The Cubs were in the process of shifting Gallagher, 22, to a relief role, in order to make room for Sean Marshall in the rotation. The rookie righthander has been solid this season, going 3-4, 4.45 with 49 strikeouts and 22 walks in 59 innings. He’s added velocity since signing as a 12th-round pick out of a Fort Lauderdale high school in 2004 and he now sits at 90-94 mph with his fastball. Gallagher’s 11-to-5 curveball gives him a second plus offering, and he’ll occasionally throw a changeup to lefties and a softer version of his curveball to righties.
Murton, a supplemental first-round pick by Boston in 2003, had worked his way back to Chicago after beginning the year in Iowa. It’s a familiar refrain. He also spent parts of 2005 and 2007 in Des Moines. The 26-year-old righthanded batter’s value is tied to his ability to hit lefties, which he has done in the big leagues, batting .316/.389/.494 in 316 career at-bats against them. He’s a mediocre-for-a-corner-outfielder .282/.346/.422 in 554 at-bats versus righties. A cog in the four-team blockbuster that sent Nomar Garciaparra to the Cubs and Orlando Cabrera to the Red Sox at the 2004 deadline, Murton shone in a 2005 big league audition, hitting .321/.386/.521 in 140 at-bats. That performance earned him regular play in 2006, when he batted .297/.365/.444 in 455 at-bats—a total he hasn’t surpassed in his three other big league seasons combined.
|Patterson, who like Murton was drafted out of Georgia Tech, offers plus speed, surprising pop for his size (he’s 5-foot-11, 170 pounds) and a sound batting eye. He has enough power to get himself in trouble, as they say, when he should be focused on getting on base. Like older brother Corey, he’s a lefthanded batter. In 772 at-bats for Iowa in the past three seasons, the 25-year-old Patterson has hit .308/.363/.474 with 70 walks and 139 strikeouts, but he lacks the range or instincts to play even average defense at second base. As a result, he’s seen considerable time in left and center field because he lacks the arm for right or for the left side of the infield. An eighth-round pick in 2004, Patterson has done little with 46 big league at-bats, hitting .239/.308/.348.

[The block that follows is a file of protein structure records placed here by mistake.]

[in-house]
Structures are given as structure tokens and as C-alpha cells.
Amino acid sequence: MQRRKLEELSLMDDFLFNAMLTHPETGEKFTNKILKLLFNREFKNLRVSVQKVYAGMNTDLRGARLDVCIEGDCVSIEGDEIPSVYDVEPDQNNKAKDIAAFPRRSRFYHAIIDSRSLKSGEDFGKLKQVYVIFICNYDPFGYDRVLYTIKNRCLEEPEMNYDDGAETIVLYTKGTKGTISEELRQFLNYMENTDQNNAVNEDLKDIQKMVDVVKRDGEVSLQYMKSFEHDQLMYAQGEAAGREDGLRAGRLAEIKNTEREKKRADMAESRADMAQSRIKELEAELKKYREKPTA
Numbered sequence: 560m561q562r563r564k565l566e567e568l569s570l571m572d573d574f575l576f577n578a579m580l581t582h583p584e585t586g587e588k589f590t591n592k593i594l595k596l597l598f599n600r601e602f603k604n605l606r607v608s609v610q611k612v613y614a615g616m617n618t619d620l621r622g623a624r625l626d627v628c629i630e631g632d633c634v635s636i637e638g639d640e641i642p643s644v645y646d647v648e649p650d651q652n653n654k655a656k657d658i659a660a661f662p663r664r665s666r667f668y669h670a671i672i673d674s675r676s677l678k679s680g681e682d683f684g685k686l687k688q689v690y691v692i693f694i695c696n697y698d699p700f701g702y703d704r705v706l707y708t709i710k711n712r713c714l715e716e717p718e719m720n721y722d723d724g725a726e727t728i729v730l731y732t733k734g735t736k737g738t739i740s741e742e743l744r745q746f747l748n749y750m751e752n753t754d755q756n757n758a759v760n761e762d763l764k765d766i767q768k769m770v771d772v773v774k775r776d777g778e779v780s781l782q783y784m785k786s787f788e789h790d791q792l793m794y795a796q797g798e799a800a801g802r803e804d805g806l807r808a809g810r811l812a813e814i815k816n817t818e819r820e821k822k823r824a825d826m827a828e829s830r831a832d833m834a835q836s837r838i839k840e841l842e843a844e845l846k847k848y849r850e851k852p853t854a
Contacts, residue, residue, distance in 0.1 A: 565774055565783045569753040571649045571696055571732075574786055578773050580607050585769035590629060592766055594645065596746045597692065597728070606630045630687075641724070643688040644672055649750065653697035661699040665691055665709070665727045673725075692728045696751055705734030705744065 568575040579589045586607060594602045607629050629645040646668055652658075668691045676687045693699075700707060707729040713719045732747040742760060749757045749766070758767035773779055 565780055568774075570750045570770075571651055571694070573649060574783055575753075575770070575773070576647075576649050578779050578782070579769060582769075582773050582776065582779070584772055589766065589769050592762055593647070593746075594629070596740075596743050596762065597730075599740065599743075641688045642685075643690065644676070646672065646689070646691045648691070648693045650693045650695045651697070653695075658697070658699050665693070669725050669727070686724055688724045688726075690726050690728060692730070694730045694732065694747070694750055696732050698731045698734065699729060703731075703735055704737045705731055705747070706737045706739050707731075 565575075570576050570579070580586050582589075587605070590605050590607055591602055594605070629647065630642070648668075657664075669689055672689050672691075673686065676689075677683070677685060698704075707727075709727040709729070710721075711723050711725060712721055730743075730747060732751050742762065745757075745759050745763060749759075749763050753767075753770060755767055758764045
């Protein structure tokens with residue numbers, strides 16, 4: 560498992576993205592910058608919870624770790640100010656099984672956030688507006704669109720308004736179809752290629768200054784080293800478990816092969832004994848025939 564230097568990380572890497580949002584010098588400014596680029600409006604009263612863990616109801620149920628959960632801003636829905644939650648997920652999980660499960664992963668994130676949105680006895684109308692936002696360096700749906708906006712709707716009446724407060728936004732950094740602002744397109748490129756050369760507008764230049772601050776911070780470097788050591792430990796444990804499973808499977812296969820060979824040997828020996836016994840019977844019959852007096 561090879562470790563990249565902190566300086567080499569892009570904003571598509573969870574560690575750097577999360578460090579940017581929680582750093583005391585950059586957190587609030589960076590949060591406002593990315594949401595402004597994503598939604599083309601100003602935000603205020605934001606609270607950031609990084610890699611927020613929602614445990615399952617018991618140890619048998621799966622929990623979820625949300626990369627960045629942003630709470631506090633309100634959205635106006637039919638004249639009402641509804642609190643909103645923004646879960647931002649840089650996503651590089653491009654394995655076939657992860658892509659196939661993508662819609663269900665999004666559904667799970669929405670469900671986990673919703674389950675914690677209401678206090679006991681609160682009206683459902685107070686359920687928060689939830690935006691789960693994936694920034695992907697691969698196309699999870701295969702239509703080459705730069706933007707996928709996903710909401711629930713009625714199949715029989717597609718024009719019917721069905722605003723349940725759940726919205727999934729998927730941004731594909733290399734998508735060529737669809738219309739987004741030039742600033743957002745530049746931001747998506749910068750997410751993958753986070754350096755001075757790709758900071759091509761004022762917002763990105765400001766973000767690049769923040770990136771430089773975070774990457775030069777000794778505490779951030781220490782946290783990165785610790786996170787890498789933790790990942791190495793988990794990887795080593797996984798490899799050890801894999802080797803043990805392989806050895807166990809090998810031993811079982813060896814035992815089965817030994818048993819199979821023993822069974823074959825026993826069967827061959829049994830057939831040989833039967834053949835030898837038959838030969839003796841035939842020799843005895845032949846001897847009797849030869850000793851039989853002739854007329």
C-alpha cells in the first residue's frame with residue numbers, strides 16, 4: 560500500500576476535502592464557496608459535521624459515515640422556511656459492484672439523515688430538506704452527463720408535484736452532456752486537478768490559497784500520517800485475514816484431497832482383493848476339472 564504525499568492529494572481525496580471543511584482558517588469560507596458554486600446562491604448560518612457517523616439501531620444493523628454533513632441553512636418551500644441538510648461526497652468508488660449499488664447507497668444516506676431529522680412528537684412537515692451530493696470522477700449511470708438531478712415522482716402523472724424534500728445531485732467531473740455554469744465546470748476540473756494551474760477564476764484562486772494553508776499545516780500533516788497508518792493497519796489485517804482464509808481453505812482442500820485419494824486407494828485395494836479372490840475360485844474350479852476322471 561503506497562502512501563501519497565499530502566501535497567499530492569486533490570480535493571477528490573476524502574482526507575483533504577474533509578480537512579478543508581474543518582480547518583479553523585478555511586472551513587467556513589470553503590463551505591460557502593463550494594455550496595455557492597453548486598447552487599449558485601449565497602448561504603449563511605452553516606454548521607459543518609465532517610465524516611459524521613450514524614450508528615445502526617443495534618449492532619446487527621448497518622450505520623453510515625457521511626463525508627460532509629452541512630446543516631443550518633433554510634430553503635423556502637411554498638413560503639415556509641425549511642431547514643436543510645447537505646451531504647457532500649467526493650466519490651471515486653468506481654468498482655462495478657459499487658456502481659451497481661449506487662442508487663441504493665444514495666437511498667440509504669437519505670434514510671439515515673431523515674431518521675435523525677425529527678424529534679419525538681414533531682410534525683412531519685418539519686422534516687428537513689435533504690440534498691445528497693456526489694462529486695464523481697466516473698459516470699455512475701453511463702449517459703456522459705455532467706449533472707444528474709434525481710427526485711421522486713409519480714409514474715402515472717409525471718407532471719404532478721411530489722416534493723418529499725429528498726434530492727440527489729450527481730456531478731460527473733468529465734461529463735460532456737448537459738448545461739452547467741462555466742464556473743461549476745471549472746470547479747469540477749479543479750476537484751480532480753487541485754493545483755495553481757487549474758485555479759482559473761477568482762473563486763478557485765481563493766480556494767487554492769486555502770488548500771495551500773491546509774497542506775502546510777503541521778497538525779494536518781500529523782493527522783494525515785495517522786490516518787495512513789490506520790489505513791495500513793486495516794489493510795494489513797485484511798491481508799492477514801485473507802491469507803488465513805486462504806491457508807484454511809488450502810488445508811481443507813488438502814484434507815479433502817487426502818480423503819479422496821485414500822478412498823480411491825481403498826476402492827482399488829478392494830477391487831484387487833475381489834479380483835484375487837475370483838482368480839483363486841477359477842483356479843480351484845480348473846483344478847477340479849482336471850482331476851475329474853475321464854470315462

The Cubs used the 48th overall pick in the 2007 draft to select Donaldson, a catcher out of Auburn. He hit exceptionally well (.346/.470/.605) for short-season Boise in his pro debut last season but has slumped horribly this season. The 22-year-old managed just .217/.276/.349 for low Class A Peoria. Donaldson provides more offense and athleticism than most catchers, but the converted third baseman is rough behind the plate, albeit with the potential to have an above-average arm. He controls the strike zone and isn’t afraid to go the other way when behind the count, but he hasn’t come close to replicating this season the average or power he showed in his debut.
|Credit Cubs general manager Jim Hendry with acquiring Harden, a pitcher with no-doubt-about-it frontline stuff, and a solid reliever in Gaudin at no real cost to the 2008 team. None of the Cubs’ frontline young players, save for big leaguers like Gallagher and Geovany Soto, were having remotely successful years, but that didn’t stop Hendry from getting a deal done—and he didn’t have to touch shortstop Ronny Cedeno or center fielder Felix Pie to do it.
But A’s GM Billy Beane has made out well in these veterans-for-bulk trades—hitting on the Dan Haren, Nick Swisher and Mark Mulder deals and misfiring badly only on the Tim Hudson one. And the fact that Oakland would trade its best pitcher in a season in which they’ve been competitive gives us an idea how the organization assesses the prospect of Harden’s continued health. With 13 starts this season, Harden has matched his total from 2006 and 2007 combined, and while he’s 5-1, 2.34 with 92 whiffs in 77 innings in that span, his 355 days on the disabled list from 2005 to 2008 is simply a staggering number.
But it’s a move that could pay off handsomely for the Cubs if they make a deep playoff run. The caveat, of course, being that they’ll really miss Gallagher if Harden goes down with injury—though it may be a risk mitigated if Gaudin can shift back to the rotation.